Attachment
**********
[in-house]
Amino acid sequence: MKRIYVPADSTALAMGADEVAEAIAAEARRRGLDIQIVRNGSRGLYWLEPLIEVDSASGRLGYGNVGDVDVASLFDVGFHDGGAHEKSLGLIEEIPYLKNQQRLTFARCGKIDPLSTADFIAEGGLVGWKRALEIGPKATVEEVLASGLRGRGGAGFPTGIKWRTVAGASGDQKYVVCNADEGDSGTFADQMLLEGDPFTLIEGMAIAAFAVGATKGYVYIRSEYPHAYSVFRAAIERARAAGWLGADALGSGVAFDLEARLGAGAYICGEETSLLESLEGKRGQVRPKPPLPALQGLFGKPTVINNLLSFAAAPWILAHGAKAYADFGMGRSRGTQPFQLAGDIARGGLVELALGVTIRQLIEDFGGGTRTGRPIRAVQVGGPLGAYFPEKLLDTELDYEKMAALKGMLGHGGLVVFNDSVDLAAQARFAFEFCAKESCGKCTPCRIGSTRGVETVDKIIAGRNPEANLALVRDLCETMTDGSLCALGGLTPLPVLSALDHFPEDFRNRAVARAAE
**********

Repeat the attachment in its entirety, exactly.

[in-house]
Amino acid sequence: MKRIYVPADSTALAMGADEVAEAIAAEARRRGLDIQIVRNGSRGLYWLEPLIEVDSASGRLGYGNVGDVDVASLFDVGFHDGGAHEKSLGLIEEIPYLKNQQRLTFARCGKIDPLSTADFIAEGGLVGWKRALEIGPKATVEEVLASGLRGRGGAGFPTGIKWRTVAGASGDQKYVVCNADEGDSGTFADQMLLEGDPFTLIEGMAIAAFAVGATKGYVYIRSEYPHAYSVFRAAIERARAAGWLGADALGSGVAFDLEARLGAGAYICGEETSLLESLEGKRGQVRPKPPLPALQGLFGKPTVINNLLSFAAAPWILAHGAKAYADFGMGRSRGTQPFQLAGDIARGGLVELALGVTIRQLIEDFGGGTRTGRPIRAVQVGGPLGAYFPEKLLDTELDYEKMAALKGMLGHGGLVVFNDSVDLAAQARFAFEFCAKESCGKCTPCRIGSTRGVETVDKIIAGRNPEANLALVRDLCETMTDGSLCALGGLTPLPVLSALDHFPEDFRNRAVARAAE